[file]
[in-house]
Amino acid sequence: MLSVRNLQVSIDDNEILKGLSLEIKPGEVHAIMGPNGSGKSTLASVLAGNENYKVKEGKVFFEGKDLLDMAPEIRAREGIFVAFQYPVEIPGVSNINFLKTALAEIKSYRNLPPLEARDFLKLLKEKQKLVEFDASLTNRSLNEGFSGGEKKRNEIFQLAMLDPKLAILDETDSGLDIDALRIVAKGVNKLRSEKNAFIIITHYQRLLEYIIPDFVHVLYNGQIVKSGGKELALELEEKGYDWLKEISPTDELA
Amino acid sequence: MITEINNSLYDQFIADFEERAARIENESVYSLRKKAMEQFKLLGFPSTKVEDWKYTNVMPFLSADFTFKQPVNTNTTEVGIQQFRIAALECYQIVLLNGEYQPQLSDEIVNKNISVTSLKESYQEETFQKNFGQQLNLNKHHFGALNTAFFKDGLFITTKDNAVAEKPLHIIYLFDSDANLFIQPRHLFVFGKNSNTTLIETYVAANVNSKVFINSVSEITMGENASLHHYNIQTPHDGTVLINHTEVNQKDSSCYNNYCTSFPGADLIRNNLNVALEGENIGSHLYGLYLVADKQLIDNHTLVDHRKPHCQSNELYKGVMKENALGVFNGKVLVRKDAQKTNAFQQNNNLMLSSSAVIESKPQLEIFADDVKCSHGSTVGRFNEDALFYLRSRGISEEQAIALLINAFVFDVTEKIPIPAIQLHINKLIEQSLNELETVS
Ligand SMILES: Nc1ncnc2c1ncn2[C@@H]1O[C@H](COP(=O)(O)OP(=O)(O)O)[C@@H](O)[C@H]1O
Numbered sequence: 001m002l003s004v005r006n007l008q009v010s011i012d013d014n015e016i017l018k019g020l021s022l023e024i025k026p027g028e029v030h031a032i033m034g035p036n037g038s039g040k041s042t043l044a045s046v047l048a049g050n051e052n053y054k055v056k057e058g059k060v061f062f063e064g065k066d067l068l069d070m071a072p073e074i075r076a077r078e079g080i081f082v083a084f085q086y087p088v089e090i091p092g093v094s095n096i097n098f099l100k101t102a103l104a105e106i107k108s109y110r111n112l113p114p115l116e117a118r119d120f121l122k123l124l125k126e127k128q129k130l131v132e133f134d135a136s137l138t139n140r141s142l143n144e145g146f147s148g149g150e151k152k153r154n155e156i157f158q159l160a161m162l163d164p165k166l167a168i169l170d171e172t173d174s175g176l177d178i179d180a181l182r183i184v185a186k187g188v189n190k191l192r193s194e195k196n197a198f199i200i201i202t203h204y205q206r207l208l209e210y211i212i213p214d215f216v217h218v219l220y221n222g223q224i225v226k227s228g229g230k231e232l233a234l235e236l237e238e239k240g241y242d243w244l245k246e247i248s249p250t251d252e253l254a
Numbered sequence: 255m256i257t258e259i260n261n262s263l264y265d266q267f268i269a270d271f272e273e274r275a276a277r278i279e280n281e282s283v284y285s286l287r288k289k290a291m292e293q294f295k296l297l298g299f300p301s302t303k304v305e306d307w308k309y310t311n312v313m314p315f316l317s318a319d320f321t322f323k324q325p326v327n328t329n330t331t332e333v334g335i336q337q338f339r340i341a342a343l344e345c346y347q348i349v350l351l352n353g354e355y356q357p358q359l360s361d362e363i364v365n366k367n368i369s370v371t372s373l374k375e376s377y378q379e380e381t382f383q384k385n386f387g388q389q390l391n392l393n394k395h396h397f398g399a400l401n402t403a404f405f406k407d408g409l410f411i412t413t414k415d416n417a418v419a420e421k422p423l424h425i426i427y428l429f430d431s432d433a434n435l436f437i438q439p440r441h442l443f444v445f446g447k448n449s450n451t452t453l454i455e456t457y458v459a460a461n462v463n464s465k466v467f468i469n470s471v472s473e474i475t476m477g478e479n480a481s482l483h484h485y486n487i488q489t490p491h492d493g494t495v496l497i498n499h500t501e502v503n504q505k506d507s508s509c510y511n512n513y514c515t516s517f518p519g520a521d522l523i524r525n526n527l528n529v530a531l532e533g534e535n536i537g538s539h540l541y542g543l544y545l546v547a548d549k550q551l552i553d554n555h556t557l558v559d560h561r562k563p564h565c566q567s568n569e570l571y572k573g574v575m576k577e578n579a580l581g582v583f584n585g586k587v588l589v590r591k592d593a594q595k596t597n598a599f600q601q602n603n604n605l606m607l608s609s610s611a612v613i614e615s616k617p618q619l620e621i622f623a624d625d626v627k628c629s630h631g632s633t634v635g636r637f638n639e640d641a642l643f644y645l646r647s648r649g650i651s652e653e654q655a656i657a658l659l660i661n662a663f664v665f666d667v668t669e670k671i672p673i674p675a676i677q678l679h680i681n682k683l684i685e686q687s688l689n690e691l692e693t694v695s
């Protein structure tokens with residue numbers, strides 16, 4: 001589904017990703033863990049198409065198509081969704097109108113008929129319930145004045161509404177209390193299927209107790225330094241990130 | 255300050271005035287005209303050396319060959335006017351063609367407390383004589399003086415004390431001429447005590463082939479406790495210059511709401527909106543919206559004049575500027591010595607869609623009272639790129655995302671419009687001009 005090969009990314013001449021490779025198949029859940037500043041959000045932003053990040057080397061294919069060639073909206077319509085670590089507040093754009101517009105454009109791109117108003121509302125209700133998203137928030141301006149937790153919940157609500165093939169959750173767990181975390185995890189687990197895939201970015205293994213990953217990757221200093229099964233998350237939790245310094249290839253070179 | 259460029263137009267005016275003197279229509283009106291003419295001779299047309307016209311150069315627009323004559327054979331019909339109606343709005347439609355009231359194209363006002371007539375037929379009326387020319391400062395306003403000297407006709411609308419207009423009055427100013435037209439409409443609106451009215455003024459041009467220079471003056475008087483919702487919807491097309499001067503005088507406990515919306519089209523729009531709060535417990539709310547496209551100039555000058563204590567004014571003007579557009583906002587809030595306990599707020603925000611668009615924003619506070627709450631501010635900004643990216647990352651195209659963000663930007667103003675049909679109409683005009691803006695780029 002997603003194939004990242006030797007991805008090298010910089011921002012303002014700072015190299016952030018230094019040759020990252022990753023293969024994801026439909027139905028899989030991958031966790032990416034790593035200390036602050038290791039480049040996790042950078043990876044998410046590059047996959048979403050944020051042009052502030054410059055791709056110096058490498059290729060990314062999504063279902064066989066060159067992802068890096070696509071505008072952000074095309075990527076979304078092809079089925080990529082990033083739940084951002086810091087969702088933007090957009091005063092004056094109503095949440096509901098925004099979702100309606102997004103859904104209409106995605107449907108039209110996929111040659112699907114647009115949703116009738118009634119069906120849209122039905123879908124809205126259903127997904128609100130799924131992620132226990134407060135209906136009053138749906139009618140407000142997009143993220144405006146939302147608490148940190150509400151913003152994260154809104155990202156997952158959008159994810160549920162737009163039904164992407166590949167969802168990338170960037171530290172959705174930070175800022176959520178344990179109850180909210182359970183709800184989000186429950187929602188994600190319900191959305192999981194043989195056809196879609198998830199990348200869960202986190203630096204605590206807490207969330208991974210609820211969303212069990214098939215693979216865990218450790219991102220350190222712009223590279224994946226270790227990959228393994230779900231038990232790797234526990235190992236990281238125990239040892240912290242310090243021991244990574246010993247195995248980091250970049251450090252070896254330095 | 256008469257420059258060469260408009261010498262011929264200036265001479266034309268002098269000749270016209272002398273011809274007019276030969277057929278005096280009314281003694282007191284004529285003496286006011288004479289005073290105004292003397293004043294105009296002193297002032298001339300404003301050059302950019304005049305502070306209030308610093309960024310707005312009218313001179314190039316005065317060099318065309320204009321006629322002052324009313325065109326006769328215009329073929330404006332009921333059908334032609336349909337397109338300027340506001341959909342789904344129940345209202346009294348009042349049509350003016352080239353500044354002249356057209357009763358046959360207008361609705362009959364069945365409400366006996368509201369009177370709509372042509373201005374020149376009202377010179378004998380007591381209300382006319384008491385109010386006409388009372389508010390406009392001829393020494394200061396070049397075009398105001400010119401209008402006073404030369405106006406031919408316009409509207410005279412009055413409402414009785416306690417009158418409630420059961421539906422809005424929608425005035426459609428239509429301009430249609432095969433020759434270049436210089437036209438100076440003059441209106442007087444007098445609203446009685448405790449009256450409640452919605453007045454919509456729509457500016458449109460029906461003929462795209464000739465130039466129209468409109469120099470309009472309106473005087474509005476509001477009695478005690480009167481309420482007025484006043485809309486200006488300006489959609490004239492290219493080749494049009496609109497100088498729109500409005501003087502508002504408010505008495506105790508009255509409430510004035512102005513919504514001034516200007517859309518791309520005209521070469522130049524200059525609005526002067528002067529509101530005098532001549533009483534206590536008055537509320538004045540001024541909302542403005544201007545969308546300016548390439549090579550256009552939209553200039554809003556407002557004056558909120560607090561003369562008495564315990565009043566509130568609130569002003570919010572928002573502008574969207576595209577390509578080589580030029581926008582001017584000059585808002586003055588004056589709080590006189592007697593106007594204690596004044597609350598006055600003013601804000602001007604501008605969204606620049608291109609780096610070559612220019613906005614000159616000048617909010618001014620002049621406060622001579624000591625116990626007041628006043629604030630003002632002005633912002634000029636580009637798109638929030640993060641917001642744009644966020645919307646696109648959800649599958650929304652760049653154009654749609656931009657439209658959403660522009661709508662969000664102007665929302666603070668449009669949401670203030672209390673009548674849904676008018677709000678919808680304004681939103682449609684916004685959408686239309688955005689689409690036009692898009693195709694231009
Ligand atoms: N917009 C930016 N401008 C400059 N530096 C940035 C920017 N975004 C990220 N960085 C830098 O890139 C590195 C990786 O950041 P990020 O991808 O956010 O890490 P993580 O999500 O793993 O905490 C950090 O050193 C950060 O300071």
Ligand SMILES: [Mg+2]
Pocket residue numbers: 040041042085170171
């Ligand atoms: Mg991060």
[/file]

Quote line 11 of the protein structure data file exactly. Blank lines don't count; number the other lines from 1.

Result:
């Ligand atoms: Mg991060």